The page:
Pothole Patrol

Since May more than 400 potholes in North Jackson repaired

The Northside has about 400 fewer potholes, thanks to the efforts of Hinds County road crews and District One Supervisor Robert Graham.

About a month ago, Graham urged Northsiders to call him to report potholes and other road problems.

Since then, the supervisor has fielded hundreds of calls and has dispatched road crews and private contractors to neighborhoods across the Northside.

At press time, approximately 400 potholes had been filled, with more work planned in the coming weeks. Several streets, including Kaywood Drive, have been completely repaved. 

“What I want to make sure people know is if they called me and got me, we are not forgetting about them,” he said. “We will eventually get to them.

“I’m still looking at a list of 57 streets that have been reported to me.”

Since May 2, county crews have filled potholes in Rolling Meadows, Rolling-wood and the Heatherwood area.

Private contractors have been dispatched to pave streets in conditions too poor for pothole repair.

“We had to do a really big job on Lelia Drive and Southerland Drive,” he said. “Southerland is so bad that we have to pave that.”

Contractors also repaved Kaywood Drive from Hialeah Drive to River Thames Road. “I got calls from I don’t know how many people saying how thankful they were that it was done,” Graham said. 

Kaywood runs between Old Canton Road and River Thames Road. A street evaluation conducted by Stantec Consultants six years ago showed that the section of the street between Reddoch Road and River Thames had zero to four years of remaining service life.

“We’re in the process of getting ready to pave Brussels Drive. We got the interlocal agreement back from (the city of) Jackson and should be starting on that in the next week and a half.”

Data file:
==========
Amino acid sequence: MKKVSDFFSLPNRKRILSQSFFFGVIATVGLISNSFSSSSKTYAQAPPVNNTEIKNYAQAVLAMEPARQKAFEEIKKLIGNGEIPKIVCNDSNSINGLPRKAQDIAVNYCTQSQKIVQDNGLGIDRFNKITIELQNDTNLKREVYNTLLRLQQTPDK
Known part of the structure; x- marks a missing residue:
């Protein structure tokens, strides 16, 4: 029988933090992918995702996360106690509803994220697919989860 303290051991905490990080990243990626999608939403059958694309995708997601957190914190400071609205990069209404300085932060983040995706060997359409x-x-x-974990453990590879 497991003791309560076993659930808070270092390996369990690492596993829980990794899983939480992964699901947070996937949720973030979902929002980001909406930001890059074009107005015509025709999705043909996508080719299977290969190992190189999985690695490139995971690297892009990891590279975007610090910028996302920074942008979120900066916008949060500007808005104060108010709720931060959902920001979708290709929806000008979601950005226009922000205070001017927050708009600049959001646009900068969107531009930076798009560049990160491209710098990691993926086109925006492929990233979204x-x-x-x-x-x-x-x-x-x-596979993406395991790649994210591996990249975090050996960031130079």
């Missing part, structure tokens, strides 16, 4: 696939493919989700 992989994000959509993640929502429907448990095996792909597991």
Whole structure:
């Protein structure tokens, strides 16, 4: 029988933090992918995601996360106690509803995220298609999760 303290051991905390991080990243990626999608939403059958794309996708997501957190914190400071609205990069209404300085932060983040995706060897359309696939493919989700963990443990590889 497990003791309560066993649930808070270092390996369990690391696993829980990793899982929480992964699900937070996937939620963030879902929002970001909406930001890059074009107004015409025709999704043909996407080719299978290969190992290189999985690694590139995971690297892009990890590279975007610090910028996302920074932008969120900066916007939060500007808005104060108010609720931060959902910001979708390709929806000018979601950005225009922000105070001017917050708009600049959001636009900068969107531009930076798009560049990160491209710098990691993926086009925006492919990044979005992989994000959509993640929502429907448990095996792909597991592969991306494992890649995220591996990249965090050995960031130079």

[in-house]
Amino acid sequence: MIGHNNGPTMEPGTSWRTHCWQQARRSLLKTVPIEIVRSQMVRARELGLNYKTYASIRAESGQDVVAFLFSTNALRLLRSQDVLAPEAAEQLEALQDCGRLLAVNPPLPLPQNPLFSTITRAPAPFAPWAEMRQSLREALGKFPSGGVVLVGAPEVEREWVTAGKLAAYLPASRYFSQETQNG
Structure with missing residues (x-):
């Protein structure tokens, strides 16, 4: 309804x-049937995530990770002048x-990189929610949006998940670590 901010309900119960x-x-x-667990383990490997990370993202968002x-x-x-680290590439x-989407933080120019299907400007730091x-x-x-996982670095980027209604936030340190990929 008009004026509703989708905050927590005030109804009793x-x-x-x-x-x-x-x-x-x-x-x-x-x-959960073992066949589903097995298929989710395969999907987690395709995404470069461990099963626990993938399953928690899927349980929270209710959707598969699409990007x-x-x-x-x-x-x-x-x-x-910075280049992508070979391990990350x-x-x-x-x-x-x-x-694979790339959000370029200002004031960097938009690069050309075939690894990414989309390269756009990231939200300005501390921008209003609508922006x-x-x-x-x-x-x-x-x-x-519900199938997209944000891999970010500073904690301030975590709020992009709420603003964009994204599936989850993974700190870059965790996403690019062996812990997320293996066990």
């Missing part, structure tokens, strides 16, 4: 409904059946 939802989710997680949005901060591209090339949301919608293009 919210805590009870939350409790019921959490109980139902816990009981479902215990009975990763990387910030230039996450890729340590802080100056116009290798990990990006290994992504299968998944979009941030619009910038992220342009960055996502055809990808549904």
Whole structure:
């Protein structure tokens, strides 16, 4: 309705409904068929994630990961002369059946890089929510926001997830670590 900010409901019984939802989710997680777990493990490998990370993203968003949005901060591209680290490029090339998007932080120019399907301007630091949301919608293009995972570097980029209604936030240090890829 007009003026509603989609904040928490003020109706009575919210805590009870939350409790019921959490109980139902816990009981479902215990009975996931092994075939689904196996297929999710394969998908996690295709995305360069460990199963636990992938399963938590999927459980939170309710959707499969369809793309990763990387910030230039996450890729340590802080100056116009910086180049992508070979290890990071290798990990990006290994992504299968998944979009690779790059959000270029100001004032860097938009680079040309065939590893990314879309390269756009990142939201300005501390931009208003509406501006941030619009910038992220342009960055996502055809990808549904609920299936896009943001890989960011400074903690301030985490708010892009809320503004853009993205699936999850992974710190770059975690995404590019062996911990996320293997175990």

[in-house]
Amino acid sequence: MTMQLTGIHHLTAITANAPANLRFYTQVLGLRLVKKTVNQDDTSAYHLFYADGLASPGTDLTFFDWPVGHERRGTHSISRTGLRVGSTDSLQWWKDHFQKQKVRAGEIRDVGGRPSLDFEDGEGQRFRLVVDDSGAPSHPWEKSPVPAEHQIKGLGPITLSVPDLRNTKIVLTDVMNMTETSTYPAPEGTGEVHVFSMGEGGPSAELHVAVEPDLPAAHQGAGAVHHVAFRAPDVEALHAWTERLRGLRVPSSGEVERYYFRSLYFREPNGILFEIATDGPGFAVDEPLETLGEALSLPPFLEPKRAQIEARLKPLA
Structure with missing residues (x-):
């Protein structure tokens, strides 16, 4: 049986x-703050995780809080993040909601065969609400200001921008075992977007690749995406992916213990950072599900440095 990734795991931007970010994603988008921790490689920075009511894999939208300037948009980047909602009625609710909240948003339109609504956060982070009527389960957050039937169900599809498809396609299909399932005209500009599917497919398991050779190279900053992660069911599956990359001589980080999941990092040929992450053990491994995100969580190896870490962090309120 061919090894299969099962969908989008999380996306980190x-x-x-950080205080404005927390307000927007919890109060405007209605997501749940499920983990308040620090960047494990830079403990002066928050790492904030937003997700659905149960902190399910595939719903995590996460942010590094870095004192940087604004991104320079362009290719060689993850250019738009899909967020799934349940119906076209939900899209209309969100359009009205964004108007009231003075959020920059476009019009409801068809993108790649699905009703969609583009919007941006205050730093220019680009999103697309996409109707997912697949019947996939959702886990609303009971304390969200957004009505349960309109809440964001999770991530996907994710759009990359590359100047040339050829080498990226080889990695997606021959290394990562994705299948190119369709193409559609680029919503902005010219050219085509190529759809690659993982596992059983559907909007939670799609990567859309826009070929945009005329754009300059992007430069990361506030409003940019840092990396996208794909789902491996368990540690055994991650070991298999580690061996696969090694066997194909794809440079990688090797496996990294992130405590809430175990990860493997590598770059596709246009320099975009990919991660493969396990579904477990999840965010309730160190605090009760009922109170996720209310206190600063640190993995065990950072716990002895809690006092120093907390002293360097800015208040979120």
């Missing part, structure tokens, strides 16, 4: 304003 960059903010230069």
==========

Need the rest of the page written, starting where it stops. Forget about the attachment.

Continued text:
Brussels also was listed in “poor” condition according to the Stantec report.

Derek Ginn, a Heatherwood resident, said the repaving will help preserve his neighborhood’s property values and give residents another reason to stay in the capital city.

He previously recorded and posted a video of a real estate agent’s son filling potholes in the neighborhood, to help his father sell a house there.

“If the neighborhood streets go down, it gives people one more reason to move to the suburbs,” he said. “It’s one of those things that shouldn’t be neglected.”

Hinds County has been filling potholes in the city for years but stepped up efforts earlier this year.

In February, the board of supervisors allocated an additional $100,000 on top of the county’s road budget, strictly for pothole maintenance in Jackson.

“One reason we’re working at warp-like speed is at the beginning of June, most of the major contractors will pull off and start working for MDOT,” he said. “June signifies the beginning of paving season.”

Graham didn’t know how long the funding would last and hopes more can be allocated once it runs out.

“We’re going to look for this to be an ongoing project,” he said. “Maintenance is a number one issue. If you don’t attend to what’s going on, a small pothole becomes a big pothole.”

Mayor Chokwe Antar Lumumba told the Sun previously that he welcomed the help. “The city’s needs are so immense that we’d like to embrace every willing partner, group or person operating out of good will and sincerity,” he said.

 

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